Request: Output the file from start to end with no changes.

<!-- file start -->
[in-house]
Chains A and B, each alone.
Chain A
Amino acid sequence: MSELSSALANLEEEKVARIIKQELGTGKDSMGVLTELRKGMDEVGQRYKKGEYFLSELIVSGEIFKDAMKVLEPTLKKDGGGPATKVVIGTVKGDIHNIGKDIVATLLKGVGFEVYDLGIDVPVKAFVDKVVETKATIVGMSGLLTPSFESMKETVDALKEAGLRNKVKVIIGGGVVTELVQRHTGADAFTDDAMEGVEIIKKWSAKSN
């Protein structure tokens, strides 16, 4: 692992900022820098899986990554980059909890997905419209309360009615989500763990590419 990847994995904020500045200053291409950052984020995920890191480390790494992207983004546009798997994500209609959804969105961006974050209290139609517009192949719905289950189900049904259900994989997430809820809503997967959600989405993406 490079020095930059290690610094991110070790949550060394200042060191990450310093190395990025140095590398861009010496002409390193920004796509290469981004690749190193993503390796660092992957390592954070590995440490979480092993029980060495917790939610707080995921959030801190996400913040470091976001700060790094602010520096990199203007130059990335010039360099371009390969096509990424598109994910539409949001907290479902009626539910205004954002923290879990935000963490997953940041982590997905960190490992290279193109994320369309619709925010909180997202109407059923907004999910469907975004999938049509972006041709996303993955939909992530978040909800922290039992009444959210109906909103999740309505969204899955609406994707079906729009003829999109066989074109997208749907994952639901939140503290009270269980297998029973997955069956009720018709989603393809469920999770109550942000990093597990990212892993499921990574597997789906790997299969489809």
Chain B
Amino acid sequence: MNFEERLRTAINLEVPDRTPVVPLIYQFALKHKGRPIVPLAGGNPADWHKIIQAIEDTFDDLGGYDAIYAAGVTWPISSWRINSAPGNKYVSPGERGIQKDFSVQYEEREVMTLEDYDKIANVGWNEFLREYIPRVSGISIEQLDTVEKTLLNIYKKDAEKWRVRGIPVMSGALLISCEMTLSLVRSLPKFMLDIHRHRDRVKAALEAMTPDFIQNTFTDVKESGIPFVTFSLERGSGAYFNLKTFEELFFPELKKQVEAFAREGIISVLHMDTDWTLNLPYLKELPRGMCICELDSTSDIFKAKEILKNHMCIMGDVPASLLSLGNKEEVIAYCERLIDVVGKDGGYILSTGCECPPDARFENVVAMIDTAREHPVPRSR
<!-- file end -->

[in-house]
Chains A and B, each alone.
Chain A
Amino acid sequence: MSELSSALANLEEEKVARIIKQELGTGKDSMGVLTELRKGMDEVGQRYKKGEYFLSELIVSGEIFKDAMKVLEPTLKKDGGGPATKVVIGTVKGDIHNIGKDIVATLLKGVGFEVYDLGIDVPVKAFVDKVVETKATIVGMSGLLTPSFESMKETVDALKEAGLRNKVKVIIGGGVVTELVQRHTGADAFTDDAMEGVEIIKKWSAKSN
């Protein structure tokens, strides 16, 4: 692992900022820098899986990554980059909890997905419209309360009615989500763990590419 990847994995904020500045200053291409950052984020995920890191480390790494992207983004546009798997994500209609959804969105961006974050209290139609517009192949719905289950189900049904259900994989997430809820809503997967959600989405993406 490079020095930059290690610094991110070790949550060394200042060191990450310093190395990025140095590398861009010496002409390193920004796509290469981004690749190193993503390796660092992957390592954070590995440490979480092993029980060495917790939610707080995921959030801190996400913040470091976001700060790094602010520096990199203007130059990335010039360099371009390969096509990424598109994910539409949001907290479902009626539910205004954002923290879990935000963490997953940041982590997905960190490992290279193109994320369309619709925010909180997202109407059923907004999910469907975004999938049509972006041709996303993955939909992530978040909800922290039992009444959210109906909103999740309505969204899955609406994707079906729009003829999109066989074109997208749907994952639901939140503290009270269980297998029973997955069956009720018709989603393809469920999770109550942000990093597990990212892993499921990574597997789906790997299969489809």
Chain B
Amino acid sequence: MNFEERLRTAINLEVPDRTPVVPLIYQFALKHKGRPIVPLAGGNPADWHKIIQAIEDTFDDLGGYDAIYAAGVTWPISSWRINSAPGNKYVSPGERGIQKDFSVQYEEREVMTLEDYDKIANVGWNEFLREYIPRVSGISIEQLDTVEKTLLNIYKKDAEKWRVRGIPVMSGALLISCEMTLSLVRSLPKFMLDIHRHRDRVKAALEAMTPDFIQNTFTDVKESGIPFVTFSLERGSGAYFNLKTFEELFFPELKKQVEAFAREGIISVLHMDTDWTLNLPYLKELPRGMCICELDSTSDIFKAKEILKNHMCIMGDVPASLLSLGNKEEVIAYCERLIDVVGKDGGYILSTGCECPPDARFENVVAMIDTAREHPVPRSR